"I wish you would sit down," he said. "I feel I must have quietness, and your restless habits jar upon me horribly."

That decided her, and slipping into her own room, she put on an old blanket coat, and went out quietly. She walked through the orchard to the little log stable where the working oxen stood, and, after patting the patient beasts, shackled a heavy chain to the yoke she laid upon their brawny necks. Then, picking up a handspike, she led them out, and for an hour walked beside them, tapping them with a long pointed stick, while they dragged the big logs out of the swamp. Now and then it taxed all her strength to lift the thinner end of a log on the chain-sling with a handspike, but she contrived to do it until at length one heavier than the others proved too much for her. She could hear the ringing of the hired man's axe across the clearing, but there was a great deal for him to do, and, taking up the handspike again, she strained at it.

She heard footsteps behind her, and she straightened herself suddenly. She turned and saw Gordon watching her with a curious smile. Tall and straight and supple, with a ruddy, half-guilty glow on her face, she stood near the middle of the little gap in the Bush, the big dappled oxen close at her side. The wintry sunlight, which struck upon her, tinted the old blanket dress a shining ochre, and the loose tress of red-gold hair, which had escaped from beneath her little fur cap, struck a dominant tone of glowing colour among the pale reds and russets of the fir-trunks and withered fern.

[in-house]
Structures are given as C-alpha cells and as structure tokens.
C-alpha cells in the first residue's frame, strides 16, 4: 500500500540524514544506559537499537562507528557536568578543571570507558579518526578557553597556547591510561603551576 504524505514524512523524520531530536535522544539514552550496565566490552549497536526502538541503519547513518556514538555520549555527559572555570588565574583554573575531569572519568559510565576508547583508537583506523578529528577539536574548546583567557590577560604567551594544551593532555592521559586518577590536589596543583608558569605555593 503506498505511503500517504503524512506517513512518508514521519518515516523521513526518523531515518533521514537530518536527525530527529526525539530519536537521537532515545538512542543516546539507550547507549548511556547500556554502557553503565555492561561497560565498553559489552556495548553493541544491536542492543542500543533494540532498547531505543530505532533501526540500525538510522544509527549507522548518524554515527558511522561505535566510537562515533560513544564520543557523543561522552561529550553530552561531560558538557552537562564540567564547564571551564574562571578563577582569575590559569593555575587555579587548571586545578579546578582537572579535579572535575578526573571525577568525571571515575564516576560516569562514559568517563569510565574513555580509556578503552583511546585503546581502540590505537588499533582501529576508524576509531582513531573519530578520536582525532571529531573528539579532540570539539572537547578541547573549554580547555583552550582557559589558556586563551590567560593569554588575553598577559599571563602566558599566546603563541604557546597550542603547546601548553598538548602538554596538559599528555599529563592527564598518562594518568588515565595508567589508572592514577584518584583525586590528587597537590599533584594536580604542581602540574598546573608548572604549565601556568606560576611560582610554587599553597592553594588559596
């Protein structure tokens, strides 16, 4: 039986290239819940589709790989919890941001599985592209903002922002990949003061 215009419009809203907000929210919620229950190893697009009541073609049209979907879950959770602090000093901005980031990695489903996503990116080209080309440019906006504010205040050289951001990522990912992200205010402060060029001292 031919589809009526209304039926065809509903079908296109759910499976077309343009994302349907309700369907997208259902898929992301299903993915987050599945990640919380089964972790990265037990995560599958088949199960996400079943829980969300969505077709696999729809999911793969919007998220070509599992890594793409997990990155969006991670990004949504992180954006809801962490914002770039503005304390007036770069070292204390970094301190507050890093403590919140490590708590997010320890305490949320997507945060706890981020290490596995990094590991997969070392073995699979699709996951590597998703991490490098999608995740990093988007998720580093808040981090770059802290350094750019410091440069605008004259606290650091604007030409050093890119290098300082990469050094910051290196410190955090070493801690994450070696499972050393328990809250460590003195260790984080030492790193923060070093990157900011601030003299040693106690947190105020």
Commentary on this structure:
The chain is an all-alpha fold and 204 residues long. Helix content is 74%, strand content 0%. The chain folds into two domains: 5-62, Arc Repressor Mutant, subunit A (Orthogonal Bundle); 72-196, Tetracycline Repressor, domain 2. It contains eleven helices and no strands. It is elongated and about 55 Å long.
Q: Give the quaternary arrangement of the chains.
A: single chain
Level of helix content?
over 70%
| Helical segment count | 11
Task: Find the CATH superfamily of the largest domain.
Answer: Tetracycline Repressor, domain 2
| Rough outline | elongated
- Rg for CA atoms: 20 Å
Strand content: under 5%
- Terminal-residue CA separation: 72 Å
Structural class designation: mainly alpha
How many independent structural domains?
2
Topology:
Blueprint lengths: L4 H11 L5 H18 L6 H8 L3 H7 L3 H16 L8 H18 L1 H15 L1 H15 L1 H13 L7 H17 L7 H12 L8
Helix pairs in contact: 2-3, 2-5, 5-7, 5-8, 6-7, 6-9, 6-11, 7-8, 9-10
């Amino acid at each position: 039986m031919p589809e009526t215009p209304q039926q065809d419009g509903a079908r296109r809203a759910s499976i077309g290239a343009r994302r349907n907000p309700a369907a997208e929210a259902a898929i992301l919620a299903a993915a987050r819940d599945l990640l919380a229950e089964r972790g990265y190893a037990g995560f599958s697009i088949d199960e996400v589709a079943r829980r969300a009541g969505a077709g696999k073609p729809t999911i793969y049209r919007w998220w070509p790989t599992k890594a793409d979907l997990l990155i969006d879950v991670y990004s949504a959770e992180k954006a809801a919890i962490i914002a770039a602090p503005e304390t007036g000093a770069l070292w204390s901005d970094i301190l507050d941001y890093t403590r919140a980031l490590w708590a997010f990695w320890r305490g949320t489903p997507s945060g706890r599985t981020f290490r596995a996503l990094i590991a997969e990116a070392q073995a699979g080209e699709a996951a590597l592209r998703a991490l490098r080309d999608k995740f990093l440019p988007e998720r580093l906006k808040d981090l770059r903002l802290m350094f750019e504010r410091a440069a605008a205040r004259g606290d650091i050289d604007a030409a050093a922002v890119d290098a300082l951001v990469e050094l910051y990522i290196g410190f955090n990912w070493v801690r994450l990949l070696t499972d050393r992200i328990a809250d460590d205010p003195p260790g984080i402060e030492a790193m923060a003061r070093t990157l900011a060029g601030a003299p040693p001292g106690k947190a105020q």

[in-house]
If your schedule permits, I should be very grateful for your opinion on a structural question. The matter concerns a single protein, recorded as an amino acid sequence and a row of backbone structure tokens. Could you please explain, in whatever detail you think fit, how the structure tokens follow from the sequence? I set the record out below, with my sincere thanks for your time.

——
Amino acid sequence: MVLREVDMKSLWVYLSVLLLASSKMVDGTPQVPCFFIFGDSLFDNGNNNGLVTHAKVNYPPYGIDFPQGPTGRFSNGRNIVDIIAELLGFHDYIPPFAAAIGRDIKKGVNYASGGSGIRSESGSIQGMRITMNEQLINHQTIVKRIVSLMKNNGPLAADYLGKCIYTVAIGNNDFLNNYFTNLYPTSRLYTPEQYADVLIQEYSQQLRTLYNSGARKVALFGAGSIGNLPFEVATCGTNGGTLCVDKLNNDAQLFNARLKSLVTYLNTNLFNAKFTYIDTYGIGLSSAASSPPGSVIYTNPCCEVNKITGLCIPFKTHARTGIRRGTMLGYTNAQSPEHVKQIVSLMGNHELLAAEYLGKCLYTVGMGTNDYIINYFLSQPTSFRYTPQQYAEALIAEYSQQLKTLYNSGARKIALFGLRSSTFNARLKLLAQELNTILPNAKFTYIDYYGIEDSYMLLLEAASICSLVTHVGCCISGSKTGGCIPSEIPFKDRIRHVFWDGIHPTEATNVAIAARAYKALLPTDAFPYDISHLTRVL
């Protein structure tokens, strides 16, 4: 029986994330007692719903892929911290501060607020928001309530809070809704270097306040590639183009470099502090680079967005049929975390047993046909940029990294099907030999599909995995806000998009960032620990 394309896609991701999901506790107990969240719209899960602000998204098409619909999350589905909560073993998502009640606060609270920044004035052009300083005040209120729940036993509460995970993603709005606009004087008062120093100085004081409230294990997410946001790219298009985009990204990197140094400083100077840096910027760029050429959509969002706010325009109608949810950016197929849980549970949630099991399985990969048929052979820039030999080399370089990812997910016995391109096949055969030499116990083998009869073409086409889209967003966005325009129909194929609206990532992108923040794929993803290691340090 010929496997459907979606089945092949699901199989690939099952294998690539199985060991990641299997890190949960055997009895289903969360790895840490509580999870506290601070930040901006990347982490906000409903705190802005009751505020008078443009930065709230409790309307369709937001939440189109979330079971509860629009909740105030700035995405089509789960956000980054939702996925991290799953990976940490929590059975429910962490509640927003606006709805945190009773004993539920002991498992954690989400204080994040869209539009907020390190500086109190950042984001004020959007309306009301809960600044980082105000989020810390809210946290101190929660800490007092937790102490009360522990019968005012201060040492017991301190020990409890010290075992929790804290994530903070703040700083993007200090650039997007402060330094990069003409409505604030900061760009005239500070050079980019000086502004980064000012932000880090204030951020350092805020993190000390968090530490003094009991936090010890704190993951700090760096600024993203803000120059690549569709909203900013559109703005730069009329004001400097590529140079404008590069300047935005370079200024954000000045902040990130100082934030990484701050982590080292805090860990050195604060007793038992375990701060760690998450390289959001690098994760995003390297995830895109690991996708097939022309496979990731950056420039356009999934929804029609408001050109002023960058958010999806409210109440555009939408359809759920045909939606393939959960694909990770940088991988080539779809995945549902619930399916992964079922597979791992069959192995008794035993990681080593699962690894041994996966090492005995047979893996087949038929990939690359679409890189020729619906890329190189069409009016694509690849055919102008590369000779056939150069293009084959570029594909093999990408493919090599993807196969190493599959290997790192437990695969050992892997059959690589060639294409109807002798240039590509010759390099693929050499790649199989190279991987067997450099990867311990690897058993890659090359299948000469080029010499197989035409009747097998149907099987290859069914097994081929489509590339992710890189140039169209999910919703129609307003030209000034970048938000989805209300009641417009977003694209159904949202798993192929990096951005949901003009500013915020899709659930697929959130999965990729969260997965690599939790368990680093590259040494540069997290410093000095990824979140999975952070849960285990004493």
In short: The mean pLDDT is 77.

Gordon shook his head reproachfully. "Sit down a minute or two, and I'll heave that log on to the sling," he said. "This is not the kind of thing you ought to be doing."

Laura, who was glad of the excuse, sat down on one of the logs, while the man leaned against a fir and gravely regarded her.

"The work must be done by somebody, and my father is apparently not very well again," she explained. "Charly has his hands full in the slashing. We must get it cleaned up, if it is to be ploughed this spring."

"Nasmyth contrived to look after all these things. Why didn't you keep him? The man didn't want to go away."